Post Number: 1030
|Posted on Wednesday, March 16, 2016 - 3:36 pm: |
Why do they put that red (or blue, or ?) fuzzy crap on the end of your bass strings, anyway?
I have just realized that after all the decades of playing, I don't really know the answer. I know many companies don't use it, in its various colors, and it does not seem to really do anything but get in the way.
Inquiring minds want to know...
Post Number: 885
|Posted on Wednesday, March 16, 2016 - 3:57 pm: |
Color-coding between gauges maybe?
On upright strings, the silks keep the layers of windings bound together at the tapered ends. Whenever I cut a set to fit, I always singe the ends, and dip the tip in the candle wax to seal them.
It's entirely possible (if not likely) this practice is just another one of those completely unnecessary OCD things I do, just because... =)
Post Number: 1885
|Posted on Wednesday, March 16, 2016 - 4:06 pm: |
I'm also not sure, maybe some kind of brand recognition? (though different brands can use the same color...)
I hate it (the looks) especially on Alembics, luckily for me my favorite brand are just plain stainless steel.:-)
Post Number: 288
|Posted on Wednesday, March 16, 2016 - 9:27 pm: |
There's an old bar bet where a con bets the sucker that he can tie a cigarette in a knot without breaking the paper tube. The con wraps the cigarette tightly in the cellophane from the pack and then ties it in a knot. Ta da.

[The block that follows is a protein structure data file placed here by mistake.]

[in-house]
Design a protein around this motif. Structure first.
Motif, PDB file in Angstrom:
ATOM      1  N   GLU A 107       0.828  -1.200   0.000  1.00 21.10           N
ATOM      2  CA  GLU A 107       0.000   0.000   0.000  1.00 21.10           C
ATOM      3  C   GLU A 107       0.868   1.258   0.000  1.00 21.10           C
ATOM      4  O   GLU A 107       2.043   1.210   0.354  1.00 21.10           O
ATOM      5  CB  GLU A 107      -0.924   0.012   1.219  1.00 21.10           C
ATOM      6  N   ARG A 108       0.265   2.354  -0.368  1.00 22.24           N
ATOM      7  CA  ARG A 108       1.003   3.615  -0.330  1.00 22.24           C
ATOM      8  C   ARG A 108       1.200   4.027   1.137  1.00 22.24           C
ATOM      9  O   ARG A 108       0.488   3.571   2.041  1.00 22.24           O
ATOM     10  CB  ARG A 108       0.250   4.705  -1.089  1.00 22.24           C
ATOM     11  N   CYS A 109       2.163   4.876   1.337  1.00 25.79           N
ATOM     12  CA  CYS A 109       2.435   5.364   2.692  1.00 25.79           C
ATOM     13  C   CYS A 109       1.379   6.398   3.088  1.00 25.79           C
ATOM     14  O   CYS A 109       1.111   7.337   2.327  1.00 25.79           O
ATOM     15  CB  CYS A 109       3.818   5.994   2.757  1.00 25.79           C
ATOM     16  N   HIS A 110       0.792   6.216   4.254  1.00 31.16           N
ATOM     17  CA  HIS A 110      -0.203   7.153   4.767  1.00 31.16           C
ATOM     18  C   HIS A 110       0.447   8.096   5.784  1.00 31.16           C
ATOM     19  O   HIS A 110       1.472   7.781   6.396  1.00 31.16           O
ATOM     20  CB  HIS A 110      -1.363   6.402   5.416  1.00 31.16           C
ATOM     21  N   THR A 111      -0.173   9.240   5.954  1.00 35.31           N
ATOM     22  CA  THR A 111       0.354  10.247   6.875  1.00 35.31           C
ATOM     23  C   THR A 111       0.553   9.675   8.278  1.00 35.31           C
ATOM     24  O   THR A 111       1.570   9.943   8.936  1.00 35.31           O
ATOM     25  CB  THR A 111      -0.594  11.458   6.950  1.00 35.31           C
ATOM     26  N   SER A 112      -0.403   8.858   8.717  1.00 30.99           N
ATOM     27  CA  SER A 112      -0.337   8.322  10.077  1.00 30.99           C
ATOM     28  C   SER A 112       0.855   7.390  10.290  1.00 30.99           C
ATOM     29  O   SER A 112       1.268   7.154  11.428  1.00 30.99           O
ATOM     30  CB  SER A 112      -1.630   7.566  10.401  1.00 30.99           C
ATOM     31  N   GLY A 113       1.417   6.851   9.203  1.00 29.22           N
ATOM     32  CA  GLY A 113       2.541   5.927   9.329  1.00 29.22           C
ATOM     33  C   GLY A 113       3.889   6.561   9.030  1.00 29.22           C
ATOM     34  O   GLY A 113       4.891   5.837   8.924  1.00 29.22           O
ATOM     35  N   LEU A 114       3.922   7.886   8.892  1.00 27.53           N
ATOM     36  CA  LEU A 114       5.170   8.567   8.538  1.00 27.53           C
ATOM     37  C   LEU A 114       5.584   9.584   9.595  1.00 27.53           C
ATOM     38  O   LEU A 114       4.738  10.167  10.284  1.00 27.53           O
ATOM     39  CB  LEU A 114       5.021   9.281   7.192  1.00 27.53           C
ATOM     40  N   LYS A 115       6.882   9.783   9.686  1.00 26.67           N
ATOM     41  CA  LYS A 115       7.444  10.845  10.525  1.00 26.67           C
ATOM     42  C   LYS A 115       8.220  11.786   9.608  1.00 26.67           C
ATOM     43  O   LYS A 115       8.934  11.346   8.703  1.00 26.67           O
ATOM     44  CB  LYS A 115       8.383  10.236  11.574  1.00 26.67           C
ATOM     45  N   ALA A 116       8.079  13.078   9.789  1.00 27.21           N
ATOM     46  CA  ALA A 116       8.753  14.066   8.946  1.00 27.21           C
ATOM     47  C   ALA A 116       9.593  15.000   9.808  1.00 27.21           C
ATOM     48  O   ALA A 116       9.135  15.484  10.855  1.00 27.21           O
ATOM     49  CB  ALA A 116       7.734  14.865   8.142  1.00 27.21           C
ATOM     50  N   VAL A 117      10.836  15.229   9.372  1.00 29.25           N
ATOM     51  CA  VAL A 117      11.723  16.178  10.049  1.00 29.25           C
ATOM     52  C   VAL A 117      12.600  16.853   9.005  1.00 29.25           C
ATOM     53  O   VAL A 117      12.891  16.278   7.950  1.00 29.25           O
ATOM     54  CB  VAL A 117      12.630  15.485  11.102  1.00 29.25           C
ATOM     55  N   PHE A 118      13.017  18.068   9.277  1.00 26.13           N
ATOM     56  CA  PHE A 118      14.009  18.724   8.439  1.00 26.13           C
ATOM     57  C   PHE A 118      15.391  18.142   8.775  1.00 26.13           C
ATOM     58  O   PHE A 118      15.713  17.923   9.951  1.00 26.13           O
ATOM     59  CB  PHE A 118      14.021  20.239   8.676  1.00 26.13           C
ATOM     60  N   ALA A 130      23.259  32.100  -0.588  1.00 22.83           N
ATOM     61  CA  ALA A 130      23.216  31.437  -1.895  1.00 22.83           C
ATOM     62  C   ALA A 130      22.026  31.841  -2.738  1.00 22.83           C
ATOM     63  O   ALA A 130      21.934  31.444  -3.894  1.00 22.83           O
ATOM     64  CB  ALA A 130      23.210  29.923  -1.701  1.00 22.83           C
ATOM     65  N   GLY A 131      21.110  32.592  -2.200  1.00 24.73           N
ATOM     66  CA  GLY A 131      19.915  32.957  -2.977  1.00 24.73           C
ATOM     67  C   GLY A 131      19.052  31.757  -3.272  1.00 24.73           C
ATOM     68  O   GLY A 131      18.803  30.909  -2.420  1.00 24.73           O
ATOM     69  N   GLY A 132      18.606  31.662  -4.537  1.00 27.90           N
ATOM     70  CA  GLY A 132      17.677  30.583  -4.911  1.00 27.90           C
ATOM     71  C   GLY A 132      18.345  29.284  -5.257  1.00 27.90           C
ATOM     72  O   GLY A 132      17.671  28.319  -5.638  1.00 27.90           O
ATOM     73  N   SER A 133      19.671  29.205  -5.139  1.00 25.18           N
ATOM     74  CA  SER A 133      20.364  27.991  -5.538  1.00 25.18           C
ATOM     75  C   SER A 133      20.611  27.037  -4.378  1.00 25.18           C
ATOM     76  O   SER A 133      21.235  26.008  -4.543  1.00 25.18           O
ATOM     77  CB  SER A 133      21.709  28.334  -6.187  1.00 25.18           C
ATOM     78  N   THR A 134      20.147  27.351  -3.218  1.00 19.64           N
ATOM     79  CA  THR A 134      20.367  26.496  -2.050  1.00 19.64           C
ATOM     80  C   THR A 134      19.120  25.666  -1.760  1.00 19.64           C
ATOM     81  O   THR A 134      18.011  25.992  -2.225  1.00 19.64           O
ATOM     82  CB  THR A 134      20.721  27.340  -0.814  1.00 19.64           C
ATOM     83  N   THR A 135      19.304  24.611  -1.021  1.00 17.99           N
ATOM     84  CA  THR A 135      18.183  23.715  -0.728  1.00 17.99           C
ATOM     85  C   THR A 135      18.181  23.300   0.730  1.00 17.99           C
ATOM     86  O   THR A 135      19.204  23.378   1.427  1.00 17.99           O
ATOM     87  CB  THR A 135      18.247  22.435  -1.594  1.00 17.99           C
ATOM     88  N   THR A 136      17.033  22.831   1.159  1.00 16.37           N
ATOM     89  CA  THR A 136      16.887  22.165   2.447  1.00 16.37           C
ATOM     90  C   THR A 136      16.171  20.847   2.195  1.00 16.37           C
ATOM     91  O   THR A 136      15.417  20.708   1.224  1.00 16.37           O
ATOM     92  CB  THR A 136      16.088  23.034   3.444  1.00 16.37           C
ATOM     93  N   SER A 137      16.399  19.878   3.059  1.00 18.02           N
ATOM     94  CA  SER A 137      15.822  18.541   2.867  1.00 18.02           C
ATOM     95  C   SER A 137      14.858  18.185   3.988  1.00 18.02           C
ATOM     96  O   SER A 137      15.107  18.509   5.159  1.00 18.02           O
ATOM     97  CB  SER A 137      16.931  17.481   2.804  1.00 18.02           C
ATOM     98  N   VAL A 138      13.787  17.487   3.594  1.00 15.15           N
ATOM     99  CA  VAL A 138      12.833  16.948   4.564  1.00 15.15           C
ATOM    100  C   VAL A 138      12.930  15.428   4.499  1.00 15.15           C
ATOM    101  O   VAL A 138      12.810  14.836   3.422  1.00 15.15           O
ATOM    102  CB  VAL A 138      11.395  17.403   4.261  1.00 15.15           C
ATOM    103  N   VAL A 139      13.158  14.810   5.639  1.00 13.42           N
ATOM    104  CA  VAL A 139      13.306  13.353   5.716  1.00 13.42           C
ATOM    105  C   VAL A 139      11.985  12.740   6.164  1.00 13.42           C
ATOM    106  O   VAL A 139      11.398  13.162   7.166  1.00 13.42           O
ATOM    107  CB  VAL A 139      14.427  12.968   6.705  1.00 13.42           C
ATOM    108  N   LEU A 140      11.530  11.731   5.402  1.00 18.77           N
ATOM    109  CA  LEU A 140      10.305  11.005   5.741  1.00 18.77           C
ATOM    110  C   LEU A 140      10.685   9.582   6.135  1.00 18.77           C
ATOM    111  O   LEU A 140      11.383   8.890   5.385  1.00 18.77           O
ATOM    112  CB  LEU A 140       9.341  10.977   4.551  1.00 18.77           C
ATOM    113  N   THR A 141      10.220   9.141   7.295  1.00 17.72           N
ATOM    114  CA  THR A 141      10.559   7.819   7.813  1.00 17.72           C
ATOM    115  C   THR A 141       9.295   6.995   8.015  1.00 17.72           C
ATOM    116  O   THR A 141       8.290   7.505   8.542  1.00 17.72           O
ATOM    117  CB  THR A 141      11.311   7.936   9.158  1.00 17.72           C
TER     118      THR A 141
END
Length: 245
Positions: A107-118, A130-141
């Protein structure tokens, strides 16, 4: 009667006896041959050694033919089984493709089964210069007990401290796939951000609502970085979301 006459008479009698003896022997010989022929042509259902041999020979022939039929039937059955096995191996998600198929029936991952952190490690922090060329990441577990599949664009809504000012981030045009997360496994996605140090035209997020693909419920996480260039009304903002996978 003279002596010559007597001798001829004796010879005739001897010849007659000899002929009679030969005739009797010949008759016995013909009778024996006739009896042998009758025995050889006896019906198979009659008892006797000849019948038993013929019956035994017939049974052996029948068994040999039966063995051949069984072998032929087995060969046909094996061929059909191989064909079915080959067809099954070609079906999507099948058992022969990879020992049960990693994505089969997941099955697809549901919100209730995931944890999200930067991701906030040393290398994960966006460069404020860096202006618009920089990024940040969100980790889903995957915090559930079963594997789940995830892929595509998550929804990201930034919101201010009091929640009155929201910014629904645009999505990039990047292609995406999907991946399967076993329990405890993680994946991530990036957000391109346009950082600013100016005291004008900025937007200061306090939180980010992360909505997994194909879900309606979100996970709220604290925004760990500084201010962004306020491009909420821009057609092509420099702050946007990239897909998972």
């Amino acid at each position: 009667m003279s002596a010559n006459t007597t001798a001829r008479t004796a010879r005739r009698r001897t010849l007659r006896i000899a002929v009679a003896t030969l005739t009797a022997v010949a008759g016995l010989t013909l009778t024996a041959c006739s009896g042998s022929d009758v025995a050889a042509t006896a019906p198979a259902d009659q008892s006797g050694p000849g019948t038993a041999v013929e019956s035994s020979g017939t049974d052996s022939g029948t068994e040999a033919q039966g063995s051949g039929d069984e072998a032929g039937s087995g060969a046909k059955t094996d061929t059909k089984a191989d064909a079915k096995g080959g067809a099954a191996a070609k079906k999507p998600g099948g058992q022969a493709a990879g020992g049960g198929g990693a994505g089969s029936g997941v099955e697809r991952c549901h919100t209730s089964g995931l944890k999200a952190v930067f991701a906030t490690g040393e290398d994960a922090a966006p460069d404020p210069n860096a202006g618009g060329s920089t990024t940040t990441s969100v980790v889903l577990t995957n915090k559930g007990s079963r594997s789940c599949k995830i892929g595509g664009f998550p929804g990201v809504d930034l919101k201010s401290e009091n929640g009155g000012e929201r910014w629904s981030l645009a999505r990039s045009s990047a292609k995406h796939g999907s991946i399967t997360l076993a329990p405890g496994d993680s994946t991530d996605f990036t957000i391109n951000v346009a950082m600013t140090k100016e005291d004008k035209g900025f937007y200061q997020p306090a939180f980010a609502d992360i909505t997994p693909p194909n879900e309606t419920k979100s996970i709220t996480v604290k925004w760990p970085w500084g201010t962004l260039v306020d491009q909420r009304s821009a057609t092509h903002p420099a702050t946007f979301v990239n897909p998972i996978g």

Same principle: wrapping the ends of the strings in thread makes them less likely to break, and as Greg pointed out, helps keep the windings together. The color and gauge of the thread also denotes manufacturer, string gauge, batch, intended pitch, whatever.
We only see them four at a time, but I suppose the color coding is handy for factory workers and bean-counters.
Two reasons why we see it in bass strings is primarily because one: orchestral double bass strings were the first composite strings - originally, metal tape wrapped around a core of sheep's intestine, yum - so the thread wrapping kept the whole string from unwinding, and two: metal tuning machines (as opposed to a peg in a hole) were first handcrafted for string basses around 500 years ago. The silk windings on the string prevented metal-to-metal contact, and made it less likely the string would slip on the post.
Post Number: 2432
|Posted on Thursday, March 17, 2016 - 5:02 am: |
I think it's carryover from wrapping steel strings on wooden pegs.